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Toolbox Tips

Issue 1: Dressmaking Scissors

Welcome to our new series, Toolbox Tips, where we aim to highlight useful tools and handy gadgets to cosplayers starting out on their crafting journey. Ranging from incredibly cheap & basic to more advanced, we hope to cover a wide range of tools and tips. Please note that some product links contained within these articles are affiliate links, read more about this here.



Starting with the utter basics here - a good pair of multi purpose scissors will go a long way, but the more you work with fabric it's quite likely you'll want to invest in a decent pair of dressmaking scissors, or shears as they're often known.

Generally a little bit larger than household scissors, these enable you to do longer and smoother cuts to avoid jagged edges when you're cutting out pattern pieces. They are often slightly angled which make it easier to cut fabric on a flat surface without raising or disturbing it too much, this can be handy for delicate fabrics that move and warp a lot.

If you're left handed, be warned! A lot of scissors have ergonomically moulded handles which can be super uncomfortable in the wrong hand - so look out for left handed, universal or neutral style handles.

A well known brand to look out for is Fiskars, who have been making scissors for generations, often recognisable with their bright orange handles. The choice between metal or plastic handles is purely personal preference, with plastic often being lighter and generally more comfortable for prolonged use.


Keep them sharp!

If when you're cutting fabric with your scissors it folds in between the blades instead of making a clean cut, that's a good sign they're dull. That doesn't mean you need to throw them away, just get yourself a decent sharpener. There are many different types of sharpeners for blades, but we definitely recommend looking for sharpeners that are specifically designed for scissors - they are safer to use and intended for the way the blades sit.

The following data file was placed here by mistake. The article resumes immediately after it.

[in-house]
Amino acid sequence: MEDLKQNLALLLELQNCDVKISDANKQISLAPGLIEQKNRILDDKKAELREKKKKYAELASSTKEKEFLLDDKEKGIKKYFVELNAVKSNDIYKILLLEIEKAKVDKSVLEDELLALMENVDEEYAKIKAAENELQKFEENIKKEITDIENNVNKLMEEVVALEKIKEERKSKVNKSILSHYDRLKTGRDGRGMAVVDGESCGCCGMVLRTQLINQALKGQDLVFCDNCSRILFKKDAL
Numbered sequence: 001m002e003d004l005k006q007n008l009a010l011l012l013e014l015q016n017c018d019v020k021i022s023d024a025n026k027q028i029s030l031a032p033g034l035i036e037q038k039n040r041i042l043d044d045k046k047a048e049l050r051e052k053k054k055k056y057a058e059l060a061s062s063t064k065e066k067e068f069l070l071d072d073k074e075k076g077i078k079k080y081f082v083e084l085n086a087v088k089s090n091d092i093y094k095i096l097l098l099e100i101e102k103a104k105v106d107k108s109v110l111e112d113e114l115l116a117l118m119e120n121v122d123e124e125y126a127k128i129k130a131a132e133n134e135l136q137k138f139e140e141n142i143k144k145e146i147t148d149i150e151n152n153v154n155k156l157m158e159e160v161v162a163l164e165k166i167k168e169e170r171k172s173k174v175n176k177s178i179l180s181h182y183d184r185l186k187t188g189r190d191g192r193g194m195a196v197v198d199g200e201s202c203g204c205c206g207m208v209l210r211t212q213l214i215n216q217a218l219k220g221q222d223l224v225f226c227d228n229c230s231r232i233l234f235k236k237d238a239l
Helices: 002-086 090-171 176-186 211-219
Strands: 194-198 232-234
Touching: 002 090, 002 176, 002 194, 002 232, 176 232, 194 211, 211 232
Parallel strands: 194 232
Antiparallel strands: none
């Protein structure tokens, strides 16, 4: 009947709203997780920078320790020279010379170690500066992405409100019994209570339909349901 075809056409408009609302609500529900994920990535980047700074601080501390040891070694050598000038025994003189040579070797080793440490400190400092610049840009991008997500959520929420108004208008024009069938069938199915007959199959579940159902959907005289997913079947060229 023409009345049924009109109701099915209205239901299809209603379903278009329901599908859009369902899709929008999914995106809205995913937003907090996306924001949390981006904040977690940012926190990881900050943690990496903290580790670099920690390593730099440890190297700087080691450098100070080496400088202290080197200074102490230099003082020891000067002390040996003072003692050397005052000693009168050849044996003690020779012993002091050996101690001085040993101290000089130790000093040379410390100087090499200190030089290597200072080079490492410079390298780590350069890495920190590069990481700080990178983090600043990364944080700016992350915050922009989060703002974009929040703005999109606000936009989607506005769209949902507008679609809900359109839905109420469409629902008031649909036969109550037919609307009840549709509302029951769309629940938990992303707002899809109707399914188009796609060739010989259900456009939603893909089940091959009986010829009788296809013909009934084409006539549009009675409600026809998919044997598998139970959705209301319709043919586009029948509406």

Once you have a good pair of dress making scissors, it's important to try and keep them only for fabric - you want to keep them as sharp as possible! Cutting materials such as paper, plastic and foam can blunt blades super quickly, and while you can sharpen your scissors this does eventually shorten the life of them, so you want to keep this to a minimum. So keep a pair of generic cheaper scissors aside to cut other materials, and warn your family or housemates!


Cleaning

If by accident, your fancy dressmaking scissors do get borrowed and perhaps covered in paint or glue, don't despair - they're pretty easy to clean up. Most dirt will wipe off with a damp cloth, but for glue or sticky residue you want to use either rubbing alcohol, white vinegar or even nail varnish remover. Pour some onto a cloth or kitchen towel and gently wipe down the blades, being careful at the edges, until all the residue is gone. You want to avoid dunking them fully in water or getting them too wet, as this can cause rust - if they do get wet, make sure they are completely dry before you put them away, taking care to check where the blades cross.



Tips for buying

  • Look for a well known brand such as Fiskars or Gingher. A good pair (treated well) will last a lifetime
  • If you're left handed, look for specific left handed, or universal grip scissors
  • A soft / cushioned grip can ease strain on your hand if you're doing a lot of cutting



Average Cost

For an average pair of dressmaking scissors, you'll be looking around the £15-£20 mark, with the higher quality ones creeping towards £30. You can get cheaper models, but keep in mind cheaper scissors may not sharpen as well, shortening their lifespan. Thinner or very light scissors may also not be able to cut through thick fabrics, so you're looking for a decent chunky model.



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